There was a special place at the end of the orchard, a small clearing with a clump of young trees, that hovered just above the creek.
The child loved to come here. She loved the joy she felt when she saw the sun filtering through the wattle trees, the green mosses in the grass, and the bitter scent from eucalyptus. She’d run her hands across the heath bushes, absorbing the texture and taking in the perfection of the tiny flowers.
The scene was one she loved beyond her level of comprehension, or her power of description.
Her affinity to the clearing was such that she wanted to be part of it, to eat it, to take it all inside her so she could own it.
Some mornings she’d run to it, taking great care not to dirty her polished shoes, she wanted just a glance before school. At weekends, when she’d finished her chores, she could stay longer.
Some days, the early frost lay white on the moss, steam rising from the tips of the leaves as the sun warmed them. The child would look on in wonder.
Afternoons in spring were a source of amazement to her. The wattle was a glorious yellow. She watched as the sun caught the color’s refractive glow where it shone on the new spring flowers.
Other times, in the summer, she’d lean against a tree in the clearing, peeling off the outer bark carefully, crisp in her small palm yet yielding to her touch.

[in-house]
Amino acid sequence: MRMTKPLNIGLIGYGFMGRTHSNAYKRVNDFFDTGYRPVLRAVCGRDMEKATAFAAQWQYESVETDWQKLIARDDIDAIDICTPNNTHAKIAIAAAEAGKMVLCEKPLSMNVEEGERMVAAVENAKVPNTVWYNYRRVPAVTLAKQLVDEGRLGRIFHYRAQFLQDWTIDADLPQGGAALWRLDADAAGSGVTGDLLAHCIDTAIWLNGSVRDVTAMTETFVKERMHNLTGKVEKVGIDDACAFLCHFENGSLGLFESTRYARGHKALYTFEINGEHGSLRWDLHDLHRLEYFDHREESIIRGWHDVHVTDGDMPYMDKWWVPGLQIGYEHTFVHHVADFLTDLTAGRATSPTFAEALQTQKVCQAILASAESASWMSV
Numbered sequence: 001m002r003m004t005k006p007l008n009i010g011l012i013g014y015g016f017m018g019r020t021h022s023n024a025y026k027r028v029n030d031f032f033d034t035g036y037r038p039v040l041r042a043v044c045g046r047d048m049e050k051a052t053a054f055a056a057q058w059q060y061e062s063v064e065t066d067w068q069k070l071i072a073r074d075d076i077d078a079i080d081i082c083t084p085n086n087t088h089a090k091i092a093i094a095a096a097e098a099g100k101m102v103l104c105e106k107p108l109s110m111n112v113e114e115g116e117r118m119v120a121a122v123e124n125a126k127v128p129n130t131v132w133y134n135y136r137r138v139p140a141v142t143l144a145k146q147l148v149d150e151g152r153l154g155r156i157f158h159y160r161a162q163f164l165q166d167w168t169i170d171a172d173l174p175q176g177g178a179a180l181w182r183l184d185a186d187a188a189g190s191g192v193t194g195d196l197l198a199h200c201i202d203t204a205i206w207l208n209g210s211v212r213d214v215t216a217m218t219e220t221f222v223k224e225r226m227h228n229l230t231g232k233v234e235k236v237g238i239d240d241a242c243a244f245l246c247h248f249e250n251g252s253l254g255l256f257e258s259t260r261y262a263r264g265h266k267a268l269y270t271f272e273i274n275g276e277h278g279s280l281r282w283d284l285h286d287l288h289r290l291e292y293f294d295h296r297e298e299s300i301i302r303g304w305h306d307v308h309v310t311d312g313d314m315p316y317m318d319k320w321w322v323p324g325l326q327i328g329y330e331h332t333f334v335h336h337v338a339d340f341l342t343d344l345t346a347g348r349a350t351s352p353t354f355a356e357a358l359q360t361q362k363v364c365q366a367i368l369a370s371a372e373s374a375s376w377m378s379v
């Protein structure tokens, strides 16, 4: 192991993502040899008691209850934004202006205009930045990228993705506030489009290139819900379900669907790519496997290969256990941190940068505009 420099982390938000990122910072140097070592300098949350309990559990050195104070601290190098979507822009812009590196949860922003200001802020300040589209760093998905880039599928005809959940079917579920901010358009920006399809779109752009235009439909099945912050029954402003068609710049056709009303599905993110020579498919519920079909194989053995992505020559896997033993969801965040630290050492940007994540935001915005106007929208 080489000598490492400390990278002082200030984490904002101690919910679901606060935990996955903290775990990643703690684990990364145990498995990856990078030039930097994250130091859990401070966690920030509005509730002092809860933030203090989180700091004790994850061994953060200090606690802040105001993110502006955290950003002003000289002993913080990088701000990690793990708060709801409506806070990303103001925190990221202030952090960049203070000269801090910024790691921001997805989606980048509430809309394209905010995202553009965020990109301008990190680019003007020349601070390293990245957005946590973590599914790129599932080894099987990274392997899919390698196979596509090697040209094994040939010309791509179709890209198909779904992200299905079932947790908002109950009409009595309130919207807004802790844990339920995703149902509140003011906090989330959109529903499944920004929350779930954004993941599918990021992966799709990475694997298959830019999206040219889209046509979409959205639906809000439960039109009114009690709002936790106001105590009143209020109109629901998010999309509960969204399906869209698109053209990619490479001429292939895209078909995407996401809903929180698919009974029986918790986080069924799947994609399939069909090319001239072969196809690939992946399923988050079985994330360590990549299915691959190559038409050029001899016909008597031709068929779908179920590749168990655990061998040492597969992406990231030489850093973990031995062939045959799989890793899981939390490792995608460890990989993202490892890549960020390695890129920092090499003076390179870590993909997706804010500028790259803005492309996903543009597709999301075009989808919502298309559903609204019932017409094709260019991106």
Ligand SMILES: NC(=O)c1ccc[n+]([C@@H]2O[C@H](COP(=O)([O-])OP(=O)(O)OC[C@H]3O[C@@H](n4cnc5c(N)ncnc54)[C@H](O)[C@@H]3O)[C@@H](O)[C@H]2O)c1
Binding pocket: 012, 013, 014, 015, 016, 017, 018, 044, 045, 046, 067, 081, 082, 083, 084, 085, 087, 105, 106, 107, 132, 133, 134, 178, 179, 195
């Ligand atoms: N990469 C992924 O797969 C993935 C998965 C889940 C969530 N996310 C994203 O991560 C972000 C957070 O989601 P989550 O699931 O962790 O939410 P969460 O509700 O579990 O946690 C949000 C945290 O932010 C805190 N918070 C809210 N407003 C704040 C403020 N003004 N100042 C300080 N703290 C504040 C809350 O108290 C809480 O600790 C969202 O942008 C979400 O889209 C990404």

The bright pink wild fuchsia which grew all along the creek bank, caught the sun’s rays as it filtered through the canopy of the higher trees. An abundance of watercress waited to be picked by eager little hands.
In the dead of winter, the child braved a walk to her clearing in rain boots, squishing her way through the mud and deep undulations left by the tread of tractor tires. It was hard going. The sleet beat against her small body, plastering her hair on her head, the wind chilling her to the bone.
The rain and wind played havoc with the trees, bending them over, their branches whipping her, as she scurried underneath for protection. The roar of the creek was loud, the waters high and dangerous. Once she saw a dead calf caught up in the debris. She felt disgust, pity and fear at the sight of it.
When the weather at the clearing was fierce, she drew strength and understood the relentlessness of the seasons. She admired the bravery of her clearing as it stood firm.
In spring, her breath stood still in her throat, at her first glimpse of her trees, cloaked in a mist, that was as damp as the tears in her eyes. Shivering, she touched the leaves, at times licking their moisture. The quietness surrounded her, blanketed her, bringing a feeling of peace she seldom knew.
She loved the times when she lay still on the moss on the ground. Birds landed on branches, oblivious to her. She became one with the clearing. The bird’s chatter pleased her; sometimes she’d stifle a giggle at her daring. She’d watch as they rubbed beaks on her branches, enjoying her hospitality. She was privy to their preening and exchange of banter. Their feathers made a perfect contrast to the infinite shades of green that surrounded them.
The child would think about her clearing at night in bed. A huge surge of comfort would fill her mind and body. In a thought she was there, free and safe.
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